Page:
May 28, 2013 | by Lou Chibbaro Jr.
FBI investigates ‘suspicious’ envelope mailed to HRC building
Mark Glaze, Rabin Group, gay news, Washington Blade

Mark Glaze received a threatening letter at his office located in the HRC building.

D.C. police, Fire Department investigators and FBI agents rushed to the Human Rights Campaign headquarters in downtown Washington shortly after 5 p.m. on Memorial Day to investigate a threatening letter containing a suspicious powdery substance, according to police and a Fire Department spokesperson.

Fire Department investigators determined from tests that the substance found on the letter was not hazardous and posed no threat to those who may have come into contact with it, said Fire Department spokesperson Lon Walls.

The letter, which had no return address or name on it, was mailed to nationally recognized gun control advocate Mark Glaze, who had been working for the Raben Group, a lobbying and political consulting firm that rents space in the HRC building, a police report and people familiar with the incident said.

Although Robert Raben, founder and owner of the Raben Group, and Glaze are gay, the threatening letter addressed the subject of gun control and had nothing to do with LGBT rights, said Erika Soto Lamb, communications director for Mayors Against Illegal Guns, for which Glaze serves as director.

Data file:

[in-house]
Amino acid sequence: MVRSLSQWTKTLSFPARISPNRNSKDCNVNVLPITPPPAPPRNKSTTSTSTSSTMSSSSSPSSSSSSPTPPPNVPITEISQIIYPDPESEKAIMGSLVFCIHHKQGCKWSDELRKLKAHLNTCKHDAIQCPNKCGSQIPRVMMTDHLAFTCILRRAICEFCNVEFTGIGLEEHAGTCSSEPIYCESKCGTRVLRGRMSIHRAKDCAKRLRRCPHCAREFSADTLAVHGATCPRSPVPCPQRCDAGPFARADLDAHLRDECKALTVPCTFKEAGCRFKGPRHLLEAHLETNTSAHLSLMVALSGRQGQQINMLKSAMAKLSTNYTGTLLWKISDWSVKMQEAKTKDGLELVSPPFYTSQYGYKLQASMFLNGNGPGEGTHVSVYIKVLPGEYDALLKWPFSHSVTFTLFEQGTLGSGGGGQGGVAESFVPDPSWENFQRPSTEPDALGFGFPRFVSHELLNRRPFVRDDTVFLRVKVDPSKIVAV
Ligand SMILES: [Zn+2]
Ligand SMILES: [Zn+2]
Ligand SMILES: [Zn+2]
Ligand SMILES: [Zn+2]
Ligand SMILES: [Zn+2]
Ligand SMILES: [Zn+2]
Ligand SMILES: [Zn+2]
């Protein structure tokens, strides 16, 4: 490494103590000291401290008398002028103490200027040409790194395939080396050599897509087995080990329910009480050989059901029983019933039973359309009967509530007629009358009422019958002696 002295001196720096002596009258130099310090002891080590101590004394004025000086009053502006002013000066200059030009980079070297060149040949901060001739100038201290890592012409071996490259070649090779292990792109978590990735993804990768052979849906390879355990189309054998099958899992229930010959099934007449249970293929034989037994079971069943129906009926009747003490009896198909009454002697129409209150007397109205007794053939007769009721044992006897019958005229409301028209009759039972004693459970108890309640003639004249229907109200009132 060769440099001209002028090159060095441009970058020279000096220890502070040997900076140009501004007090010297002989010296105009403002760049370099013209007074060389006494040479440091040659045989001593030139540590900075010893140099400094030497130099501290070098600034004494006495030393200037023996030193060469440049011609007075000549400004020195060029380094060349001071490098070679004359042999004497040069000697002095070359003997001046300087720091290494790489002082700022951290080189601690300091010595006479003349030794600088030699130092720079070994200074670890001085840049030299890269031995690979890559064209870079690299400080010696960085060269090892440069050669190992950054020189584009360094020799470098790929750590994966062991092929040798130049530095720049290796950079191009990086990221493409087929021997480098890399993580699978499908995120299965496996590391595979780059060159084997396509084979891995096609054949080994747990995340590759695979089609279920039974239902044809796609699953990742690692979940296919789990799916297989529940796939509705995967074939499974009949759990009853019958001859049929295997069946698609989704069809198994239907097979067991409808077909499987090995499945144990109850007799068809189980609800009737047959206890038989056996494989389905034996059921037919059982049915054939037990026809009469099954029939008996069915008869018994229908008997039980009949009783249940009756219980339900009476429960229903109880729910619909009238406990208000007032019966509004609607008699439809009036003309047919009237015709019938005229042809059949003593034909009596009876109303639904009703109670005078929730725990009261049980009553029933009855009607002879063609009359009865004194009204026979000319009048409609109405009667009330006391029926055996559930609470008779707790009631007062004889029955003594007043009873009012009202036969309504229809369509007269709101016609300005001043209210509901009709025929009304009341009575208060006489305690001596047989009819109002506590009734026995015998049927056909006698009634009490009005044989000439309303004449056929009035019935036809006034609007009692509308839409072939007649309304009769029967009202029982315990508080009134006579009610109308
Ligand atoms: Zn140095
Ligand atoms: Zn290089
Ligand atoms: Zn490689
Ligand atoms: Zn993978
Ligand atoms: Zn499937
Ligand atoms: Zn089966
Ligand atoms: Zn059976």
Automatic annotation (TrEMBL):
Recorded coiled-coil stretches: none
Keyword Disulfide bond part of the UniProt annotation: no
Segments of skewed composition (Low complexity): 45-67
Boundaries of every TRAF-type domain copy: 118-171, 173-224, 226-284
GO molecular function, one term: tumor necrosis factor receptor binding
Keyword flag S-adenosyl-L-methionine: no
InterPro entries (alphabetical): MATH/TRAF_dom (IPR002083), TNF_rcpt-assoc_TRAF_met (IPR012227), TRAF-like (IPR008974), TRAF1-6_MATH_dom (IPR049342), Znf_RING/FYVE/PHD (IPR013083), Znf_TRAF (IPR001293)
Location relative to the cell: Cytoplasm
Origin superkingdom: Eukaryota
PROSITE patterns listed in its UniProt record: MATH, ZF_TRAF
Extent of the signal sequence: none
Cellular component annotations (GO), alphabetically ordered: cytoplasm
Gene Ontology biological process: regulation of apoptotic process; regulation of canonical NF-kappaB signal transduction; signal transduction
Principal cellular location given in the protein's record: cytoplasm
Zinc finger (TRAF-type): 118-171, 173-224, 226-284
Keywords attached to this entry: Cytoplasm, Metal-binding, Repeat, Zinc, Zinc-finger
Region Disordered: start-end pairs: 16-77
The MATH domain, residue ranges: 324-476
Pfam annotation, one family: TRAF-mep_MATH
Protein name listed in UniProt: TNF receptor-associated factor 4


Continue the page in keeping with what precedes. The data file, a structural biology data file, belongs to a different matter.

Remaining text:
Glaze reported that “he arrived [at] his office and retrieved his mail and then went outside into the park area to open his mail,” the police report says. “One of the envelopes opened by [Glaze] contained a threatening message which had a whitish orange substance on the note,” the police report says.

Glaze “left the envelope on the park bench, which was located on the side of the building. The letter was addressed to Complainant 1 [Glaze] but there was no return address or sender’s name,” the report says.

Glaze then called police, triggering the arrival of police and Fire Department members.

“I’ll be working with the FBI and MPD to learn more,” Raben told the Blade in a statement. “I’m grateful no one is physically injured, and sad that hard working professionals have to be concerned about this, but regrettably we do,” he said.

A witness at the scene sent a text message to a friend reporting that police blocked the street near the intersection of 17th Street and Rhode Island Avenue, N.W., where the HRC building is located, shortly after Fire Department and police vehicles arrived on the scene.

The witness also reported that police put yellow crime scene tape around the HRC building as law enforcement officials conferred among each other.

Walls of the Fire Department said the FBI routinely joins D.C. police to investigate incidents in which threatening communications are sent, including those sent with a powdery substance.  He said the substance almost always turns out to be harmless.

“We get about two or three of these calls each day, mostly on work days,” he said. “But we always test it and investigate. We take this very seriously.”